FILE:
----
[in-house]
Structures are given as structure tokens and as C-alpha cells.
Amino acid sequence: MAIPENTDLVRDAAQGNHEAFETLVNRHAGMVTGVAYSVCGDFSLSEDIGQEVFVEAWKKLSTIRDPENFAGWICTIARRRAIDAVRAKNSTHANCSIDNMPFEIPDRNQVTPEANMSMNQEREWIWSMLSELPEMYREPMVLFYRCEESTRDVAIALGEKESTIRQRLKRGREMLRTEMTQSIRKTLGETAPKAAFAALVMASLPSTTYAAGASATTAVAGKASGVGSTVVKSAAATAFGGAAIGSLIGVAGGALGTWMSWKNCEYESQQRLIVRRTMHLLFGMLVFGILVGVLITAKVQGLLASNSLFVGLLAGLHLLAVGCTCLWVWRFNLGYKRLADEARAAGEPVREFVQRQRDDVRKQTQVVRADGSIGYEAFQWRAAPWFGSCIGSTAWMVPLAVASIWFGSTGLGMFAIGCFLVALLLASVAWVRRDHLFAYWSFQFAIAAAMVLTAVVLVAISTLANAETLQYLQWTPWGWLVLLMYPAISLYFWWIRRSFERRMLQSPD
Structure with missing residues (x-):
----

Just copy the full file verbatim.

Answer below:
[in-house]
Structures are given as structure tokens and as C-alpha cells.
Amino acid sequence: MAIPENTDLVRDAAQGNHEAFETLVNRHAGMVTGVAYSVCGDFSLSEDIGQEVFVEAWKKLSTIRDPENFAGWICTIARRRAIDAVRAKNSTHANCSIDNMPFEIPDRNQVTPEANMSMNQEREWIWSMLSELPEMYREPMVLFYRCEESTRDVAIALGEKESTIRQRLKRGREMLRTEMTQSIRKTLGETAPKAAFAALVMASLPSTTYAAGASATTAVAGKASGVGSTVVKSAAATAFGGAAIGSLIGVAGGALGTWMSWKNCEYESQQRLIVRRTMHLLFGMLVFGILVGVLITAKVQGLLASNSLFVGLLAGLHLLAVGCTCLWVWRFNLGYKRLADEARAAGEPVREFVQRQRDDVRKQTQVVRADGSIGYEAFQWRAAPWFGSCIGSTAWMVPLAVASIWFGSTGLGMFAIGCFLVALLLASVAWVRRDHLFAYWSFQFAIAAAMVLTAVVLVAISTLANAETLQYLQWTPWGWLVLLMYPAISLYFWWIRRSFERRMLQSPD
Structure with missing residues (x-):